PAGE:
Thankfully (or not) the venue ran out of alcohol roughly two-thirds of the way through the evening, one of several small kinks in a generally on-point if occasionally underwhelming opening.

That Jay-Z is, to paraphrase his dearly departed friend, not only a Barclays client but the player president, is not news to New Yorkers. The rapper-turned-mogul has a minority ownership stake in the Center and its team, the Brooklyn Nets, and his Hova-ness is an integral part of both its DNA and its marketing plan.

The significance of that stake is clearly not lost on the man himself; multiple times, he stopped his set to acknowledge it in ways both playfully braggy (“This is the house that Hova built. Welcome to my house!”) and nakedly emotional (“Do you mind if I take my time? I’m feeling a little bit overwhelmed by the moment.”) At several points, he stopped to note that this performance meant more to him than any in a long, glittery line of career highlights: More than the Grammys, more than Glastonbury, more than Coachella. READ FULL STORY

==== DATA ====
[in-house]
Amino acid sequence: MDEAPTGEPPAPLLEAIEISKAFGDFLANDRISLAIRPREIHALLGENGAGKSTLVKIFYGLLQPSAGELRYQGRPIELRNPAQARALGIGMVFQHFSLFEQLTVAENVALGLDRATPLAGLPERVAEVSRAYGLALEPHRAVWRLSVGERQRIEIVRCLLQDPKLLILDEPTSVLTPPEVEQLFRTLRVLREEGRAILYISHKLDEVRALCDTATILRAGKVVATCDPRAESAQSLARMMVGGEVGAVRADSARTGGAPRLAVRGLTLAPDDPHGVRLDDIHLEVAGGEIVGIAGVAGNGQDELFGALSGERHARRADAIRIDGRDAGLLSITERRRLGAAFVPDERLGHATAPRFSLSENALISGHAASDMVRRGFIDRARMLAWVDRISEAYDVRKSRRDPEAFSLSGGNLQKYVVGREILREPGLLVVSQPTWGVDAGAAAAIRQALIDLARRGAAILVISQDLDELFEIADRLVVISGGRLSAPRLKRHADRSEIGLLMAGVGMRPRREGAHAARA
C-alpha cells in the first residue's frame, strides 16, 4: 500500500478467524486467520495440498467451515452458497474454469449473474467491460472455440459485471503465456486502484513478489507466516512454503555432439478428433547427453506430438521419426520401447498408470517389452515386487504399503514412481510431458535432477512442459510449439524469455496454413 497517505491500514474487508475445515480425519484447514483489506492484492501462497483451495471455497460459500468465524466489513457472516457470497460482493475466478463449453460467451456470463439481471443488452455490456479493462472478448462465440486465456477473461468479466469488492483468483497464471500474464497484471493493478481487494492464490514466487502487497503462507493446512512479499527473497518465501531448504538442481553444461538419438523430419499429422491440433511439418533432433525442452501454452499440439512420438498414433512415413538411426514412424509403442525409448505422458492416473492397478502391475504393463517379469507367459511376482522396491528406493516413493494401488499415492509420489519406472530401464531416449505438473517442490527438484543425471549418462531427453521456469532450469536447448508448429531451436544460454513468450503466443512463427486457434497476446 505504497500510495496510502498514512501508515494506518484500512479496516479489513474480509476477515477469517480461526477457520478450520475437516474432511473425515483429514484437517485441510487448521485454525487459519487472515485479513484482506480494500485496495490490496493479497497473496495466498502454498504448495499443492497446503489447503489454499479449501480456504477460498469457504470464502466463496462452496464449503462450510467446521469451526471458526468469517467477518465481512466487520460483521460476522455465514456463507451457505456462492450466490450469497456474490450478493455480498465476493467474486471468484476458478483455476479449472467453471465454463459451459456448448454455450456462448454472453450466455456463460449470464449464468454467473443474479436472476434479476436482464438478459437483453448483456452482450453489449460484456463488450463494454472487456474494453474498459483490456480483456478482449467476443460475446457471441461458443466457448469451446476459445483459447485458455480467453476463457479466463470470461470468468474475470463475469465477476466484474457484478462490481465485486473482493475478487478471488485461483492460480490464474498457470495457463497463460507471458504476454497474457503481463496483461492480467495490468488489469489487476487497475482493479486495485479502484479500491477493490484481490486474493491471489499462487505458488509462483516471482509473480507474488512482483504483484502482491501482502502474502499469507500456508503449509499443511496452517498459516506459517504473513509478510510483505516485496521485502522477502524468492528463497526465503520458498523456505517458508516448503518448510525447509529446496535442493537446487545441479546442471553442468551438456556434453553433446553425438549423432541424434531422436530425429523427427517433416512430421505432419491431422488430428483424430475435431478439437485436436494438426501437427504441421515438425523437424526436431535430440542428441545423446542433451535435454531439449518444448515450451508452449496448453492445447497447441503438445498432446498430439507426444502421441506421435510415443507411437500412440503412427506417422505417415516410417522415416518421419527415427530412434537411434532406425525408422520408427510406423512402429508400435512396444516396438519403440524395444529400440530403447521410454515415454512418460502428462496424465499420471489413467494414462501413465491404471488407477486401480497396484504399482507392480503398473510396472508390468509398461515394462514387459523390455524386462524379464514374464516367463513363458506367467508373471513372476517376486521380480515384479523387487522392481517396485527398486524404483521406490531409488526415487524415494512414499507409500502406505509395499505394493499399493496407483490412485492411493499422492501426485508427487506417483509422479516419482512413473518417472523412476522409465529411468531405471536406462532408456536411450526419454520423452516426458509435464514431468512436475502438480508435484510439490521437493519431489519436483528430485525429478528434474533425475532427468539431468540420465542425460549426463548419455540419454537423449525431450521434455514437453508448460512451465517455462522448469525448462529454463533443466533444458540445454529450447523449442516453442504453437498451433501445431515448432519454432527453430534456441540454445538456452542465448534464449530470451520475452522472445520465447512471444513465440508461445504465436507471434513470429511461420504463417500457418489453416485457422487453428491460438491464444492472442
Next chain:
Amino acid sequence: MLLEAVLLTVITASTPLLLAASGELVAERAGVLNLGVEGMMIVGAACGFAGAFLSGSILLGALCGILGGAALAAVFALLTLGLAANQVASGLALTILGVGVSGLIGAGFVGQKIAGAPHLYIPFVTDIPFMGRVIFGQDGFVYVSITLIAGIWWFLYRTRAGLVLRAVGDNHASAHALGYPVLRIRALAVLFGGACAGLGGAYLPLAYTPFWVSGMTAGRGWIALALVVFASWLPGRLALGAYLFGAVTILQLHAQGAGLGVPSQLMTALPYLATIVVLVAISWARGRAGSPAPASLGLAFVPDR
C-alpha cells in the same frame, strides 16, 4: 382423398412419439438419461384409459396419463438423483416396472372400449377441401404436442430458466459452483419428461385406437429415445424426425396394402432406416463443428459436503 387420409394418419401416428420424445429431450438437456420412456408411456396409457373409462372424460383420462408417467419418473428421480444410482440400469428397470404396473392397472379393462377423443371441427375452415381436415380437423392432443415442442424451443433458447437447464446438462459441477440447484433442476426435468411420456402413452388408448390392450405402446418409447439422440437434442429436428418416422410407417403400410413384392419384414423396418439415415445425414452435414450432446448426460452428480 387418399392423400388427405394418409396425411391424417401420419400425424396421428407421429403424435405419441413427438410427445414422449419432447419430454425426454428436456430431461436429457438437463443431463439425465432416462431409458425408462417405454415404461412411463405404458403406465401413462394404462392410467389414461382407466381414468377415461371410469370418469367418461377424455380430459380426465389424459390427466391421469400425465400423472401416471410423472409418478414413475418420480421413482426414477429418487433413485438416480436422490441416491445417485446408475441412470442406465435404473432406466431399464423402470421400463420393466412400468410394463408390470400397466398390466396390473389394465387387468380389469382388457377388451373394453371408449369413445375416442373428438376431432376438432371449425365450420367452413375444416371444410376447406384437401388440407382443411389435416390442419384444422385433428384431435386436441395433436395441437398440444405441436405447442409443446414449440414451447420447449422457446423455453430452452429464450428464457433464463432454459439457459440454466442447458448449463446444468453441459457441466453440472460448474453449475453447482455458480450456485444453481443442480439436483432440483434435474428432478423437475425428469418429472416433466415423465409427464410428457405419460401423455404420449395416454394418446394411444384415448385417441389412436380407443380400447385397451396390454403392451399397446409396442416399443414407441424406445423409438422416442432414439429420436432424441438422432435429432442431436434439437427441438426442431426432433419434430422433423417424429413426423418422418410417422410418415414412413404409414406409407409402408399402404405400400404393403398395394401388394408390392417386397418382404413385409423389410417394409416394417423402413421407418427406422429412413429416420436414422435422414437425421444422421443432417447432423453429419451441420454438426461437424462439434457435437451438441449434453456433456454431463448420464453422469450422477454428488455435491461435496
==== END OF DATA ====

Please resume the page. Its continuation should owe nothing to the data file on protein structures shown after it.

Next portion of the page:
Frank Ocean plays NYC synagogue, releases new song 'Blue Whale': Hear it here

R&B “It” boy Frank Ocean is not slowing down.

The man who dropped the summer’s must-album Channel Orange on our unsuspecting heads and lent both Saturday Night Live and John Mayer some cool points earlier this month is diving into the week head first. Following his I’ll Be Your Mirror appearance this weekend, Ocean played a mesmerizing set at New York’s Angel Orensanz Center, the antebellum synagogue where Fader and Vitamainwater held a joint event last night. Bon Iver was technically the headliner, but Ocean seemed to inspire the most excitement, prompting fans to crowd the Gothic Revival building’s delicate balconies for a better view of the night’s headbanded hero.